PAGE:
Up Pompeii: Vestal Virgins & The Legacy (1996) Review

Up Pompeii: Vestal Virgins and The Legacy  (1996)
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This review refers to the two-video boxed set of the 1970 British comedy series Up Pompeii starring Frankie Howerd (ASIN 6304269544). I mention this as there is also a 90-minute movie, and reviews are posted next to both items, regardless of the one to which they actually refer.
Having only ever "experienced" Frankie Howerd once before (in 1978's ill-fated Sgt. Pepper movie), my expectations for this series were none too high. Well, I was very pleasantly surprised to find such a cute series as this one. Frankie Howerd is (in my view) simply unsurpassed as a comedian, and in my opinion this series is quite hilarious. On the one hand, it is a situational comedy, and as such it is extremely zany and light but with an abundance of wit (mostly in the form of puns, double entendres, and other such wordplay). On the other hand, the series also has elements of stand-up comedy, with Howerd frequently speaking in asides to the audience in addition to addressing them outright.
One example of the type of jokes to expect: Howerd says to a messenger who`s been stabbed, "You can`t die here, it`s the living room." It`s the type of humour that would have one groaning in less skilled hands (okay, it has one groaning even here), but Howerd is able to carry it off. This example notwithstanding, the humour is generally fairly bawdy, though in the nicest possible way. In other words, any bawdiness is usually the result of the viewer/audience "catching" a second meaning for a word or phrase! (I have, by the way, also seen the Up Pompeii movie, which I also enjoyed although I found it to be somewhat more sexually explicit (with some nudity) and the bawdy humour seemed a little more daring in places. Although personally I preferred the series, the movie is certainly worth seeing if you enjoy bawdy British humour).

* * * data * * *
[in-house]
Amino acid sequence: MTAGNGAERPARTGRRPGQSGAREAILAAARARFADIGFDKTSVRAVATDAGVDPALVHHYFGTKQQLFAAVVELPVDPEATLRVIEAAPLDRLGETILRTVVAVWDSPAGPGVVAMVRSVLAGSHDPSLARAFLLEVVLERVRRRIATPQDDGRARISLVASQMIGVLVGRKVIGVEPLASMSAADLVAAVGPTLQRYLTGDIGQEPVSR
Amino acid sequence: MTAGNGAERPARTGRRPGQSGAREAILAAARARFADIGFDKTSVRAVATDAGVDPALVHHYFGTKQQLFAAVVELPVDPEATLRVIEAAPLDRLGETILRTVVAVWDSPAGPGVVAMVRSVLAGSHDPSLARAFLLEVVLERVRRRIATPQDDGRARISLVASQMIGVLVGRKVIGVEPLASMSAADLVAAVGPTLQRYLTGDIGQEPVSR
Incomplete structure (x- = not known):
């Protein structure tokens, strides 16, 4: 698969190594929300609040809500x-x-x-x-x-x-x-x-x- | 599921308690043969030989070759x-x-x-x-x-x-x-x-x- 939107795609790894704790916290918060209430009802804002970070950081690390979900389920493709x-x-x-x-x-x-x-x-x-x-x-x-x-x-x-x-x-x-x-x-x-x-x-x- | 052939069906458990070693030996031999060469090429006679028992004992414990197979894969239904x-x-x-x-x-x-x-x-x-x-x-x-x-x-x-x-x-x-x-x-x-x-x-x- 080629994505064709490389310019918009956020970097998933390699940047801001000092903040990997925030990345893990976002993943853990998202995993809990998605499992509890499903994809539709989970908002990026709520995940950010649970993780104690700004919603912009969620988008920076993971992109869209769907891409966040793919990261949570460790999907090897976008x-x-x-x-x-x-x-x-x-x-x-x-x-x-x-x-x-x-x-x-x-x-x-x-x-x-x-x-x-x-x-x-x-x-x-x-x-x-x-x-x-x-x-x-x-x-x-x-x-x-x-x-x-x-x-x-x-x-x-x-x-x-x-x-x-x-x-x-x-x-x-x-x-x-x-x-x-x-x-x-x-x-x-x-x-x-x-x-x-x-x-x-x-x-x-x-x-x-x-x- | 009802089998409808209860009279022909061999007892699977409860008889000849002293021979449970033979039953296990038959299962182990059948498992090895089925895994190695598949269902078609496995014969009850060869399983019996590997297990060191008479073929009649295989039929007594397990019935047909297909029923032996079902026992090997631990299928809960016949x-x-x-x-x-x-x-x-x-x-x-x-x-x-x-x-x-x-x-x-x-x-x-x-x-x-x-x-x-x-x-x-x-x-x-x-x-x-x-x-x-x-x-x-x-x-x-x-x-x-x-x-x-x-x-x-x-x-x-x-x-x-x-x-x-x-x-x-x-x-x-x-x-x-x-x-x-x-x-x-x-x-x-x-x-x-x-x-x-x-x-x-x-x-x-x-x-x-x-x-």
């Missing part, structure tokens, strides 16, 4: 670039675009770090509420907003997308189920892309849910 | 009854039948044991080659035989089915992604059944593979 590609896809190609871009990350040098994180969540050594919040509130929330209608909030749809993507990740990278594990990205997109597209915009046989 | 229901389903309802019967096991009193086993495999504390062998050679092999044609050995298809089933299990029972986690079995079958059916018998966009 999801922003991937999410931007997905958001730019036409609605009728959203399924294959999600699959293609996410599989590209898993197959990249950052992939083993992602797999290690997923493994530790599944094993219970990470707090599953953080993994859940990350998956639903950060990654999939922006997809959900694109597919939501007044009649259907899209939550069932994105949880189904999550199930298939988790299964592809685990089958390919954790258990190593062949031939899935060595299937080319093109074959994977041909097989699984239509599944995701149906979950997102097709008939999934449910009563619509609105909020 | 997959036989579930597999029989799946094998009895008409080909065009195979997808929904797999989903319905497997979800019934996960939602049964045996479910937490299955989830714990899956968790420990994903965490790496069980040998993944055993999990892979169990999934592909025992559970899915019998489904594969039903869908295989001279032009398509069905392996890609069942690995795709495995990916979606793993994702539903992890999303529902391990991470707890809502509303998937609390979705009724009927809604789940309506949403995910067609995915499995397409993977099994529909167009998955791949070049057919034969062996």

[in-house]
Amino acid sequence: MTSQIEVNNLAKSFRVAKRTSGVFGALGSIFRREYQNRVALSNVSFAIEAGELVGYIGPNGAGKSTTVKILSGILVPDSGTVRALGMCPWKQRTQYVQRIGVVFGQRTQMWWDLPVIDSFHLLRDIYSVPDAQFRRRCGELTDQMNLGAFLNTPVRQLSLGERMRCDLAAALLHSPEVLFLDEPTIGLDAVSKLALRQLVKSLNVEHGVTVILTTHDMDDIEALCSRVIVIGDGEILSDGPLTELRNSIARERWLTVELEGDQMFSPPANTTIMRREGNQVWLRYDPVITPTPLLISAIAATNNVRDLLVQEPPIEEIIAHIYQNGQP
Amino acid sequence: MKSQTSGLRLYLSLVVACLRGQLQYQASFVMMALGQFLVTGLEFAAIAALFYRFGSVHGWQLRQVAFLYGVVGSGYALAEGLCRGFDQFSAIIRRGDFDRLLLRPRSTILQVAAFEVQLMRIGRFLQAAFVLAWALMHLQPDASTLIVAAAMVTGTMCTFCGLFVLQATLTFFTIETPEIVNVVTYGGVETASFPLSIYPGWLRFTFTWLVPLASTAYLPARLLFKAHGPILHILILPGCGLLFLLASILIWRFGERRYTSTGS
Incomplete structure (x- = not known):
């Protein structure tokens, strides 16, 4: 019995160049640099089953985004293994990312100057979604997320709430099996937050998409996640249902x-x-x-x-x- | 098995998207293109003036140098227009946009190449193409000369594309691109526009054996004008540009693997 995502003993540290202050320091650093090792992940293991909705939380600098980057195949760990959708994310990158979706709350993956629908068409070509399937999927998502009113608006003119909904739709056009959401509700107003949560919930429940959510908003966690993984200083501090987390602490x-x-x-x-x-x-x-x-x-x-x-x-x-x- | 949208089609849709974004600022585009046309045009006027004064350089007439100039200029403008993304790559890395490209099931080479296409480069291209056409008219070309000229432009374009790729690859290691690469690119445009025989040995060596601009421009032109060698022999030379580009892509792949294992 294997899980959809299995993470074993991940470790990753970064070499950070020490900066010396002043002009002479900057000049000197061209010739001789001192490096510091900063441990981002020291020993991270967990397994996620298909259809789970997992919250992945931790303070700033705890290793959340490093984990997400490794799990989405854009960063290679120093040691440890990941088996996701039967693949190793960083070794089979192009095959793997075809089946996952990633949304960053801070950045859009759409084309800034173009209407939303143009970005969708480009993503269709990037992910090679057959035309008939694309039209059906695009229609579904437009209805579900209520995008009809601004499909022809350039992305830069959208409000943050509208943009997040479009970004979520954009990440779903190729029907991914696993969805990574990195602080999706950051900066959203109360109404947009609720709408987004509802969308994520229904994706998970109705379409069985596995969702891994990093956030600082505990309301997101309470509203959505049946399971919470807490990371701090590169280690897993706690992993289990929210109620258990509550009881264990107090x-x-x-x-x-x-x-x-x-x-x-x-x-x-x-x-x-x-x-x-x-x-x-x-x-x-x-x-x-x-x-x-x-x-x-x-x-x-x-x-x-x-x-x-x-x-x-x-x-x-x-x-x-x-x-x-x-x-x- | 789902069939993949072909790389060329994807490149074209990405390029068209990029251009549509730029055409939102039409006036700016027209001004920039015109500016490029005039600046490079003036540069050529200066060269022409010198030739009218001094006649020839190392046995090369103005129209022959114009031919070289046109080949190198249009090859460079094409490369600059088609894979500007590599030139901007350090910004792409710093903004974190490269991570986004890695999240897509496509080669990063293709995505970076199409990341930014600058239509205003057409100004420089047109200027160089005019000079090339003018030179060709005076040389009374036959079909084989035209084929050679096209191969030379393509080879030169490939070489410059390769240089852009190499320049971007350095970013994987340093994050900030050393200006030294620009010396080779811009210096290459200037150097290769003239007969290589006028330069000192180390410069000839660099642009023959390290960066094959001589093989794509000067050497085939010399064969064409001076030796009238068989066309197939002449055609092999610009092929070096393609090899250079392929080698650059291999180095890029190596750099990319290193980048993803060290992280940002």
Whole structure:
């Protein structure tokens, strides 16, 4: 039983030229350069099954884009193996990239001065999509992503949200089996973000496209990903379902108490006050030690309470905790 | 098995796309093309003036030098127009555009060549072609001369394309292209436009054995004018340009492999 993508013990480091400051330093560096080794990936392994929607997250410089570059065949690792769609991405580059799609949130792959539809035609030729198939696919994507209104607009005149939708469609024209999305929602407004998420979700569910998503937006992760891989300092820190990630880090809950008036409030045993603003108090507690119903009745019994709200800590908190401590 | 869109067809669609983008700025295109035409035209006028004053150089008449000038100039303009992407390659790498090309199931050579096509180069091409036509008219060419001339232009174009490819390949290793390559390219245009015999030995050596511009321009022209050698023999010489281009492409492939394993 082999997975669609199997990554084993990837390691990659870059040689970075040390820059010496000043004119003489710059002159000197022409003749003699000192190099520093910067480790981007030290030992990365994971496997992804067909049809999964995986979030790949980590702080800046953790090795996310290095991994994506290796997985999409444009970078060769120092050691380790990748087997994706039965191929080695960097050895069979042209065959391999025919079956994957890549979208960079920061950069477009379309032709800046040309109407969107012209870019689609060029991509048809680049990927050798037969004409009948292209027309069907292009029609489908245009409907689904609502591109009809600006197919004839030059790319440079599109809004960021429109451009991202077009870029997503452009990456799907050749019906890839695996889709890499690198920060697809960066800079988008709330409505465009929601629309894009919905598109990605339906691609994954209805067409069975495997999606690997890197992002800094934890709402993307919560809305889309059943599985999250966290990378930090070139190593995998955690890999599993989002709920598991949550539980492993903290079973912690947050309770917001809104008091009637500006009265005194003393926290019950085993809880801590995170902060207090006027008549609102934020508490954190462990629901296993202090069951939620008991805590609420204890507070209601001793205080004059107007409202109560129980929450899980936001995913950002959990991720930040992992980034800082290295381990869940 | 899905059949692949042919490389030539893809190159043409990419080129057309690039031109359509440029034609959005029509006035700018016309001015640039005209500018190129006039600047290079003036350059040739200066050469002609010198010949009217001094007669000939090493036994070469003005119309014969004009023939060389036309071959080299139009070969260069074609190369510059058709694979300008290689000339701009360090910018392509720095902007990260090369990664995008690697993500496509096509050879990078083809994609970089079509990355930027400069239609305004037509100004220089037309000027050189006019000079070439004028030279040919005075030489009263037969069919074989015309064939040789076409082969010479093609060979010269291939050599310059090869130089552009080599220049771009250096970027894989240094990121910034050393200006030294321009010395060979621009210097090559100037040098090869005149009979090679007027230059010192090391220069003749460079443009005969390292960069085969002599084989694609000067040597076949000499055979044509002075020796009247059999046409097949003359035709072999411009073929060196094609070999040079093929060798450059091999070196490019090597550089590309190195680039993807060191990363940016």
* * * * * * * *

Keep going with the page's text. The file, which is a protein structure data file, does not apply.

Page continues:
Each video in this set consists of three 30-35 minute episodes for a total of six episodes. The plots of each episode are very simple and usually of the "comedy of errors" variety, and as is typical of many British comedies, variations of the same jokes appear in each episode. Finally, an interest in classical Roman history is not required, for the setting (and indeed the story-lines themselves) are merely a vehicle for Howerd's talents and for the jokes.
As a point of interest, some of the episodes were produced by David Croft, and those familiar with Are You Being Served? may (or may not!) recognise Mollie Sugden (Mrs. Slocombe) and Larry Martyn (Mr. Mash) who make a very brief guest appearance. A very slim and young Lynda Baron (Nurse Gladys from Open All Hours) also briefly appears in an episode.
Personally, I really enjoyed this light, zany series. If you enjoy bawdy puns, innuendo and double entendres, I really do recommend checking it out.

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